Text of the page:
Gevers says he found patterns in the texts: Messages containing certain word combinations were archived in the database. Most of the flagged phrases were political, such as Tiananmen, the site of the 1989 protest crackdown, or Xi Jinping, the name of China’s leader. Messages with such phrases sent by users in China were immediately flagged and the user information was sent to police, according to Gevers after examining the code.
He says the system resembles the global surveillance methods used by the U.S. National Security Agency.
For decades, the U.S. had unparalleled capabilities to monitor Internet traffic passing through servers within its borders. But Chinese tech companies like Tencent are now global, meaning this dragnet is believed to be sweeping up information about users from outside of China.
“I think that really raises serious questions and challenges for users but also for regulators outside China,” says Sarah Cook, a senior research analyst at Freedom House, an independent democracy watchdog.
Cook points out WeChat is used internationally not just by traveling Chinese citizens, but also by politicians in democracies communicating with Chinese constituents and dissident communities. “They’re communicating with somebody else who’s outside of China who has WeChat, but they’re still for the most part often operating under the rules that are inside China,” she says.
For some, the censorship came in stages. For example, a user could be temporarily blocked, as if to encourage better behavior. Sometimes a cat-and-mouse ensues between the censors and users.
Last February, David, a Chinese American doctor who does not want to use his last name for fear of backlash against his relatives still living in China, noticed his posts on WeChat’s Moments — akin to a Facebook news feed — were not going through. Undeterred, he kept sharing politically charged articles.
Within days, he couldn’t send messages to any group chat: “Although I was able to read the other people’s messages, when I posted my message, nobody could see it. It was like I wasn’t there,” he says.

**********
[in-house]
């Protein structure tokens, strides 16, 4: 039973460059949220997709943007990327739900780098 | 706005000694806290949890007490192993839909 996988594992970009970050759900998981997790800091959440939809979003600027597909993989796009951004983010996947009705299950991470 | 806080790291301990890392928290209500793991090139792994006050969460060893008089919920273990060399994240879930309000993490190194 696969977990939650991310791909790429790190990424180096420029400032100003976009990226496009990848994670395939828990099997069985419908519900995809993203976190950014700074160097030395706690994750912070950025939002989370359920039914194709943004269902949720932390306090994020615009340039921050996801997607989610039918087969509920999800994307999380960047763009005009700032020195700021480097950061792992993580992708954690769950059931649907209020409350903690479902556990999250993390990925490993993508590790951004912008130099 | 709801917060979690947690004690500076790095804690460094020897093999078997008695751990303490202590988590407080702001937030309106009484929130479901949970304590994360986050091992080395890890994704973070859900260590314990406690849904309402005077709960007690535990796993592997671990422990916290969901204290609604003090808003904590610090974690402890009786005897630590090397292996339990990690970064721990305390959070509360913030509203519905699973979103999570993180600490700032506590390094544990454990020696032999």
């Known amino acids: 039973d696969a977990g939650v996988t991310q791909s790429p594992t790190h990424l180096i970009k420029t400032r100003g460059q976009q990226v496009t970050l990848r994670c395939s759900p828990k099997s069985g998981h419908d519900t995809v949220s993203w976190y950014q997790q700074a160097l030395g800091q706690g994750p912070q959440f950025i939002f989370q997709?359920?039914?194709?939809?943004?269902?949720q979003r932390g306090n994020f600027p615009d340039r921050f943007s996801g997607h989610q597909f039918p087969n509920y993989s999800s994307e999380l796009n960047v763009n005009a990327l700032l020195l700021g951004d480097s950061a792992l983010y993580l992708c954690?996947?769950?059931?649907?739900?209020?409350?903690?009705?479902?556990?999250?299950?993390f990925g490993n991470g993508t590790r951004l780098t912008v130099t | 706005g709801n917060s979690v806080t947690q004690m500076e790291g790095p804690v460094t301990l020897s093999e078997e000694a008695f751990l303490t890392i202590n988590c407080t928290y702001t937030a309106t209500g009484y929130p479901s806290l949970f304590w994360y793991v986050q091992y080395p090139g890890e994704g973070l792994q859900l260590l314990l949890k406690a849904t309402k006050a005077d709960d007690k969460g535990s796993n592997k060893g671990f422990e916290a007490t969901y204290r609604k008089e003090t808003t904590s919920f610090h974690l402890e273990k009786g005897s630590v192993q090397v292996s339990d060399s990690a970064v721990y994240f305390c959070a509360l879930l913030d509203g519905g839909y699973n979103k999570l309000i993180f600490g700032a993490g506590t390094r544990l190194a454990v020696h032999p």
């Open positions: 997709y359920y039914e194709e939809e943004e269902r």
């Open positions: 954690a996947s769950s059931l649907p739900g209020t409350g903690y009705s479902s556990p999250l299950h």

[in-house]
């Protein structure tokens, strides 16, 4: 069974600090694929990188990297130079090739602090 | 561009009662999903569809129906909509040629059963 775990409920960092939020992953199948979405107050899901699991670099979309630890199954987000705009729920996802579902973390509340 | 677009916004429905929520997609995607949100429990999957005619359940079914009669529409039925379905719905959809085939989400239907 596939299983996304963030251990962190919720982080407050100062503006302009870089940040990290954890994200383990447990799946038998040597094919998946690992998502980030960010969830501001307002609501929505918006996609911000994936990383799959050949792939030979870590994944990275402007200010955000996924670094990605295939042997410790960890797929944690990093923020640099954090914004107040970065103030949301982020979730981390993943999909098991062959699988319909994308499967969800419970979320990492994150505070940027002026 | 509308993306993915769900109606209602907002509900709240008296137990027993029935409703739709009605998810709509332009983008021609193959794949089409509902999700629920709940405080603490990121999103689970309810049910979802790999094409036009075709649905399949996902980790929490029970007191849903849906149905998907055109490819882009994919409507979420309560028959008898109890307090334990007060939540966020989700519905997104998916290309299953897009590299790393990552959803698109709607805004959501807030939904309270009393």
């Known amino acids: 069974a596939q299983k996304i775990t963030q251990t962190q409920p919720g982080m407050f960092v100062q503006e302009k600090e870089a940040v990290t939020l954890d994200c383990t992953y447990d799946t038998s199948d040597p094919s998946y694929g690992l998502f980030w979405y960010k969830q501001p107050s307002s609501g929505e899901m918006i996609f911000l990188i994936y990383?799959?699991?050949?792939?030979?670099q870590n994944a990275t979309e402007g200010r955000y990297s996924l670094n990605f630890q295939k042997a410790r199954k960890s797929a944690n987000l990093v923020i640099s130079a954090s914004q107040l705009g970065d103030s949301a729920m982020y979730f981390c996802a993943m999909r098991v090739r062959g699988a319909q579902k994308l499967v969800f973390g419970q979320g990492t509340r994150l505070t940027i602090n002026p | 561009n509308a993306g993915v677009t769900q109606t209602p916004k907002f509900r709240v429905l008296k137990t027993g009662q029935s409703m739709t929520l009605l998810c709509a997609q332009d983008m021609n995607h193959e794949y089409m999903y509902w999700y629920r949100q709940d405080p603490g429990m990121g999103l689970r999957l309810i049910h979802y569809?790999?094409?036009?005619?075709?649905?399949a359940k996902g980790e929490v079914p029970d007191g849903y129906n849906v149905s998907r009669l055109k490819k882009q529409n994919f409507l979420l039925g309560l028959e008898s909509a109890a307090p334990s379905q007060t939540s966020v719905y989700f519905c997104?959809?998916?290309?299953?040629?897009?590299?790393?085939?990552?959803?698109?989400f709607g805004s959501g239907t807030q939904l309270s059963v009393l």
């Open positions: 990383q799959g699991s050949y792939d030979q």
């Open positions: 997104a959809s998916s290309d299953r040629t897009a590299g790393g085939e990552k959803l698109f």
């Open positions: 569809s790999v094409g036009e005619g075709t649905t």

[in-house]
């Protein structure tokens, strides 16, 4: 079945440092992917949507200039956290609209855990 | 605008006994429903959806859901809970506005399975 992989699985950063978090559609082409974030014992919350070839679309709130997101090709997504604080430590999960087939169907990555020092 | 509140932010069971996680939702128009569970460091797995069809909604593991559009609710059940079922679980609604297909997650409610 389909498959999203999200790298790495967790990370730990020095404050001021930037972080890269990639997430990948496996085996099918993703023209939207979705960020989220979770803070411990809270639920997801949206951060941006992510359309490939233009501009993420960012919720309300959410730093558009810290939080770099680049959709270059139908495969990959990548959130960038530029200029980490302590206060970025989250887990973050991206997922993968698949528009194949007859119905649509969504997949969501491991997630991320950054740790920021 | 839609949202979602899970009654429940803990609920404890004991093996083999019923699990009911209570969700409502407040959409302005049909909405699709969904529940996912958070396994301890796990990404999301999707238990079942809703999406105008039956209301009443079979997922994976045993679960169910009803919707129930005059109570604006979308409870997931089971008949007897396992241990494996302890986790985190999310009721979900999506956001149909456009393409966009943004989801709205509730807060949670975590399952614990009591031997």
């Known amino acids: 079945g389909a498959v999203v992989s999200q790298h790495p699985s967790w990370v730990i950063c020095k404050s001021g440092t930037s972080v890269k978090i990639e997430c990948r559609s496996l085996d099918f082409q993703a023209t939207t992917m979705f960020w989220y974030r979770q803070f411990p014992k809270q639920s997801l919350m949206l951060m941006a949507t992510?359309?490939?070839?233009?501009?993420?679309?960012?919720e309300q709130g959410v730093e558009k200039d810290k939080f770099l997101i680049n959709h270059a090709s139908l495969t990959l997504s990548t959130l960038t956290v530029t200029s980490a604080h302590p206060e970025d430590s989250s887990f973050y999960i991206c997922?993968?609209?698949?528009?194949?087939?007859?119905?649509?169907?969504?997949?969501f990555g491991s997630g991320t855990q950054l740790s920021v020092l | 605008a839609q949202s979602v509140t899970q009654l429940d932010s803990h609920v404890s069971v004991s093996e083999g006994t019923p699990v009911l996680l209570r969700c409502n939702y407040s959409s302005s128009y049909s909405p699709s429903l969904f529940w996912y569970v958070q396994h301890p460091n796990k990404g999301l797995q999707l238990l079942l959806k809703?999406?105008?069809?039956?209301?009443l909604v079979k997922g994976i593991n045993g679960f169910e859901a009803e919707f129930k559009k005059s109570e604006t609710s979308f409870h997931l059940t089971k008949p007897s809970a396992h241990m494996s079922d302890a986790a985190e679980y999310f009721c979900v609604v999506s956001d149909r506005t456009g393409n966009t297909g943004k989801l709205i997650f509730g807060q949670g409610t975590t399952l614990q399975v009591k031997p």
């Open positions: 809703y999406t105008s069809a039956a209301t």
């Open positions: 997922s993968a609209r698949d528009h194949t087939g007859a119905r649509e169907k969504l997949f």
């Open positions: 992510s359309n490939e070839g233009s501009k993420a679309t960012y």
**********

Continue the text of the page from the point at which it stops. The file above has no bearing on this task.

David then dialed back his sharing of news articles, limiting his conversations to trivial chitchat and music-sharing. His group chat function was quickly restored. Emboldened, he began sharing his political posts in group chats, only to find himself blocked again.
“Now I am very careful [on WeChat]. I feel like this censorship has affected both my psychology and my behavior,” says David. He says he has abandoned his old account and created a new WeChat account to talk to loved ones in China. He lost thousands of contacts in the process. “This is just my main connection to my Chinese friends inside and outside of China.”
Tencent, WeChat’s owner headquartered in the southeastern city of Shenzhen, declined to comment.
Whether China’s government can compel companies to hand over data access is a key question facing the country’s major technology companies as they seek a larger share of world markets. For instance, telecommunications giant Huawei is trying to build a mobile network upgrade, known as 5G, around the world and says it would refuse Chinese government requests for data access. But legal experts say national security trumps privacy in China, even if companies put up a fight. U.S. officials allege that Huawei is controlled by the Chinese government, something the company and China’s government have repeatedly denied.
“It’s a bit of a red herring I think to argue about what the law says or does not say,” says Donald Clarke, a George Washington University professor who specializes in Chinese law. Despite economic reforms, Clarke says, “China is essentially a Leninist state in which the government does not recognize any limits on its power.”
Back in New Jersey, the activist Zhou says he will continue using WeChat in spite its vulnerabilities. His work depends too much on it.
“I have to use it to communicate. I just have to know what’s going on [in China]. But it is very dangerous,” he concedes. “It’s a natural choice. We have to use WeChat even though I know it’s under surveillance all the time.”